Friday, July 3, 2009

Truth and noise

We were briefly looking at some wing-body join issues and decided to talk about modeling related to fairings which would be part of the exterior design. Remember that the recent problem dealt with the internal structure which can be analyzed and tested statically; the external configuration would impact performance in the air.

Now, since we didn't have specifics, some general issues can be addressed. One deals with noise which could be of several types, such as from representational mismatches. Modeling grapples with this type of thing all the time. Knowing about the information and data that is involved is an integral part of any knowledge state.

Many times, truth is both contextual and situational, even if we consider what we can know of the big-t issues. Hence, an operational viewpoint can be our most effective means which then brings up processing which then, in the modern times, involves computation (which is becoming ubiquitous).

Ah, that little thing has grown to be very problematic and will continue to be such.

So, we can assume that a fairing would need to be smooth to reduce complications related to drag. What would smooth mean?

Well, the concept is not unlike what people are used to. Smoothness can be determined by senses; even sight can be used, as a smooth surface is appealing to the eyes in certain circumstances. For instance, the polished look relates to smoothness.

How is the idea of smoothness expressed on the computer via model? Well, it's not as easy as one might think. But, again, a lot of work has gone into this. Let's just say that one has to deal with changes with time (the concept of the derivative in calculus).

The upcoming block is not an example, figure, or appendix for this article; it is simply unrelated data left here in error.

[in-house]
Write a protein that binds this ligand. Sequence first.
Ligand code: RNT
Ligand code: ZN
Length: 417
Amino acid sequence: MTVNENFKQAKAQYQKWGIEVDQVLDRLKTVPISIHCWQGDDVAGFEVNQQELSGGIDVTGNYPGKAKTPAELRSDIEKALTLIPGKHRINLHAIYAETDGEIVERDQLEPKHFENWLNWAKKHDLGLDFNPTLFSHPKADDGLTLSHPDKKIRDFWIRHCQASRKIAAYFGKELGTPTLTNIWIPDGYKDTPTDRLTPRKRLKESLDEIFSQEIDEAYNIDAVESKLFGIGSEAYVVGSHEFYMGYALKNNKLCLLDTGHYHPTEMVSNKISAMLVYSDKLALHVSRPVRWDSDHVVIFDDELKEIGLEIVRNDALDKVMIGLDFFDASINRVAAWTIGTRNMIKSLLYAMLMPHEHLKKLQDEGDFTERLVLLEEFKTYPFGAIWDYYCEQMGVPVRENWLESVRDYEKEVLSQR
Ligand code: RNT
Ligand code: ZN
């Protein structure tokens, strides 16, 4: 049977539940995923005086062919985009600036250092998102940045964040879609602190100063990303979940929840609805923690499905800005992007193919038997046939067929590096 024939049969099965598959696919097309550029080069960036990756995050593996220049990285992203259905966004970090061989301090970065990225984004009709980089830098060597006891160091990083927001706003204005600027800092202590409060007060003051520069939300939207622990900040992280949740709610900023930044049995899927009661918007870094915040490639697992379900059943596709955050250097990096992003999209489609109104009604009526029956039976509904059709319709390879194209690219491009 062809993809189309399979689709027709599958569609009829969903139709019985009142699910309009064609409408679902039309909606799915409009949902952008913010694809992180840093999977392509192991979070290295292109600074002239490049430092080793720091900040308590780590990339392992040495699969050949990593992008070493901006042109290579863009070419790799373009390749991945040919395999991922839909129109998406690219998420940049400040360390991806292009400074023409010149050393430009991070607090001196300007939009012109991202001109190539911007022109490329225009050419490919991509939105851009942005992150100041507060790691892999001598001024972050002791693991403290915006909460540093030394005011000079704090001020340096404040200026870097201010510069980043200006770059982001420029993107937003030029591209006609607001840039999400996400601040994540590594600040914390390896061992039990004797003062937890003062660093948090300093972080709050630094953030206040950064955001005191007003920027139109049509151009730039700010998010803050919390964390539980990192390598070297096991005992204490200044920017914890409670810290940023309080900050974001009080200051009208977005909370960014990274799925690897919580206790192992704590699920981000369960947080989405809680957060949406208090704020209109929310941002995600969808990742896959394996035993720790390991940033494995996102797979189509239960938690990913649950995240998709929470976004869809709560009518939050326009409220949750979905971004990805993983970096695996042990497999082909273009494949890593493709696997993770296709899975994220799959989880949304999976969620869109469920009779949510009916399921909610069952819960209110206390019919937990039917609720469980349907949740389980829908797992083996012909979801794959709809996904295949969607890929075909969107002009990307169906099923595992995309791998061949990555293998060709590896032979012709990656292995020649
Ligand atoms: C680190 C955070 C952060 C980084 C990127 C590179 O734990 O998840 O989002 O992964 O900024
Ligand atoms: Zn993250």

For those who drive, you probably heard that applying pressure steadily to the accelerator (which you press to move) so that you have a 'smooth' increase in speed helps with mileage. If you graphed the change in speed, you could then see how well your foot's action worked.

But, consider what would happen if you hit the accelerator in a spastic (perhaps, random) fashion. The car would jerk as it changed speed (up and down) trying to respond to your foot. Of course, there would be low mileage; but, any progress toward the destination would be very slow.

Let's look at an example that isn't specific to wing-body joining but applies nevertheless.


09/13/2009 -- Will look further into the necessity of the sandbox.

08/20/2009 -- Note 1: 'Derivative(s)' has been used a few times in the posts. The context may imply the usage, hopefully. But, in general, we're talking two types. 1) from finance, where 'derived from' is the proper interpretation (or as one may surmise from posts here and elsewhere, something from nothing). 2) the usual mathematical variety.

Modified: 08/24/2011

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